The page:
A retired special ops officer has come forward with claims that the rumored new secretary of defense, Gen. James “Mad Dog” Mattis, left him and other soldiers for dead during a 2001 mission in Afghanistan.
Retired Lt. Col. Jason Amerine says that Mattis delayed sending medical evacs after a December 5, 2001 friendly fire incident. According to a Facebook status posted on Friday, Amerine says that Mattis caused the deaths of Army Master Sgt. Jefferson D. Davis, Sgt. 1st Class Daniel Petithory, Staff Sgt. Brian Cody Prosser, and dozens of Afghans.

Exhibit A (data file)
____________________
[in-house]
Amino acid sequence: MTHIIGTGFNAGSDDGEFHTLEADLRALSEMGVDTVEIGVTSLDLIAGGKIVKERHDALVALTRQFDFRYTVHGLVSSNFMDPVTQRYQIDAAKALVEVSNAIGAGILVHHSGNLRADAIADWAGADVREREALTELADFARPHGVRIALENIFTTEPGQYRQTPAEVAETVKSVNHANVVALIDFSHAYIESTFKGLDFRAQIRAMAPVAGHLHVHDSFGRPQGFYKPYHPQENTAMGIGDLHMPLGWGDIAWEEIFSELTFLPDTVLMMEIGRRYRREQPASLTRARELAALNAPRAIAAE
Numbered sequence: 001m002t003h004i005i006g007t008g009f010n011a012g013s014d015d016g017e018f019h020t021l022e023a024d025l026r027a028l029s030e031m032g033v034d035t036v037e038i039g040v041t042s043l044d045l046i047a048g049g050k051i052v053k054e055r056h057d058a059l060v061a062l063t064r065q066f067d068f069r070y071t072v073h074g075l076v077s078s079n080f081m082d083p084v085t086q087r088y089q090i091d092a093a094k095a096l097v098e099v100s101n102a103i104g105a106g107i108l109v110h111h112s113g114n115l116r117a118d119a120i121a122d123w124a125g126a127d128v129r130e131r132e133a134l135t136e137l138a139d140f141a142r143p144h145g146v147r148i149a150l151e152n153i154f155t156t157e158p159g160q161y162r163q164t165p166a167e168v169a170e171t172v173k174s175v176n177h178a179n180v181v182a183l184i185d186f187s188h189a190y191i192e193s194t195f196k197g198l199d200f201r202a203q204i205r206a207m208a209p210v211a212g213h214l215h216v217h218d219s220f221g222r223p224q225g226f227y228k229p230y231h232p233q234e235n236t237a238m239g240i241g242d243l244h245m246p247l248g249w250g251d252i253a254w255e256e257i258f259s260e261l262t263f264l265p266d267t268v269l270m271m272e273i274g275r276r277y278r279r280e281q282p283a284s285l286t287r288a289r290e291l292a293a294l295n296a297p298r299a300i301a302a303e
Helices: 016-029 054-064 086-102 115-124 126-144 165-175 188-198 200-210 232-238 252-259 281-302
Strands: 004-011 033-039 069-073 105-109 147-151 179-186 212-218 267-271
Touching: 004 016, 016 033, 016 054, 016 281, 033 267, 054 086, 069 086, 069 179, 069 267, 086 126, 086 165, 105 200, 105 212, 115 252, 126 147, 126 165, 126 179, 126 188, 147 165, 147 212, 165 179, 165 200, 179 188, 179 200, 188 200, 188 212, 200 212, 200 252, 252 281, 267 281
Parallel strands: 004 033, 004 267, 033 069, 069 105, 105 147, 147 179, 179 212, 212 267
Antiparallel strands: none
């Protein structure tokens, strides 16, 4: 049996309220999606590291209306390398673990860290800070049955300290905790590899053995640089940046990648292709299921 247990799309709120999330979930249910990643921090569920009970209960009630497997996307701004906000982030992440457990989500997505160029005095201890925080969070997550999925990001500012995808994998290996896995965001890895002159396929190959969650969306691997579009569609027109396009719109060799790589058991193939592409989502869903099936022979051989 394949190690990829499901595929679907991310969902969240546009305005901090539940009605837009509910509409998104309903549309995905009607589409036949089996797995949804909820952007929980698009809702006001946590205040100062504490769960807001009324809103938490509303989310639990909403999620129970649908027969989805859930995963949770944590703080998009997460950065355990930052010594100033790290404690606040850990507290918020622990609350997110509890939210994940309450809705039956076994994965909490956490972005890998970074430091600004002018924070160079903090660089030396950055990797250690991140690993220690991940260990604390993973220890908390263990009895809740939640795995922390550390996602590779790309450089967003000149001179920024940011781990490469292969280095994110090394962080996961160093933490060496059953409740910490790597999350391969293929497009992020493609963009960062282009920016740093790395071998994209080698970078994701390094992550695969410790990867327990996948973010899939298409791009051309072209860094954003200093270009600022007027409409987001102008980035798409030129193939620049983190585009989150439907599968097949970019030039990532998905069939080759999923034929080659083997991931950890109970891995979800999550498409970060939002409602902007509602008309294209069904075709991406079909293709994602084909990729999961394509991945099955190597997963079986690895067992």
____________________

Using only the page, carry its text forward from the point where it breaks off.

“Monday marks fifteen years since the friendly fire that killed JD Davis, Dan Petithory, Cody Prosser, Barigul and scores of other Afghans just north of Kandahar (I always felt fifty killed was a tragic but accurate estimate). It seemed fated that Mattis would be announced as SECDEF so close to the anniversary and many of my friends have been reaching out to ask me what he did or didn’t do that day. The delay of Mattis in launching MEDEVAC on December 5th was never in question, not even by him. The only debate was whether it was justified and how many died as a result. At the time of the friendly fire, my element was not in enemy contact and a surrender delegation was enroute to us from the Taliban regime to end that stage of the war. The friendly fire that hit us was identified immediately. ‘Fog of war’ would rightly have delayed the situational awareness of Mattis but he also had a Major and Sergeant Major from our own SOCCE (liaisons from 5th Group) begging him to fly to his face, along with radio calls from my element, JSOC and the CIA. His forces at Rhino, just outside Kandahar, were not in significant enemy contact and they had nothing else to do that morning: Mattis had asked days earlier to help with assaulting Kandahar and I, through Karzai, had them sit in place at Rhino so we could force the surrender without US forces causing the Afghans to change their minds. Mattis had an excuse to delay launching MEDEVAC while he gathered the facts but not the six hours it took for AFSOC, with the same information, to fly all the way from Pakistan in obsolete MH53s and MEDEVAC us to his landing strip at Rhino. Every element in Afghanistan tried to help us except the closest friendly unit, commanded by Mattis. Men were ready to drive to get us or send horses from the other side of the country if that was what it took. Mattis finally released his assets after AFSOC landed at Rhino, covering our first load of wounded in dust from their rotor wash as they launched. Cody died around the time we reached Rhino and I was told at least two Afghans died because of the delay but nobody knows for certain. None of that was assessed properly because 5th Group chose not to call for a formal investigation. 5th Group wanted to end the bad press associated with the friendly fire and the inaction by Mattis only made it worse so they buried my angry complaints and sought to shut me up about everything that happened that day. So I never stopped speaking out about it for the last fifteen years. Maybe Mattis was a good general later in his career by whatever standard you want but it has been bizarre to suddenly see these facts up for debate. He was indecisive and betrayed his duty to us, leaving my men to die during the golden hour when he could have reached us. AFSOC shamed him into action. Mattis was never held accountable but maybe he learned from it. After all, he relieved one of his battalion commanders two years later for being too hesitant in combat, just as he had been at Rhino (which we all found terribly ironic). When he was passed over for Commandant, I took that as an indicator that the Marine hierarchy recognized his flaws. Thanks to Facebook mob mentality, there has been a revisionist history of the man who left us to die but is now compared to Patton due to his juvenile quotes that demean all of us as service members. And that is all I have to say on the matter. In the coming days, I will instead reflect on the valor of all my men—American and Afghan—who fought an incredible campaign in southern Afghanistan. And I will be forever grateful to the AFSOC pilots who came to our rescue.”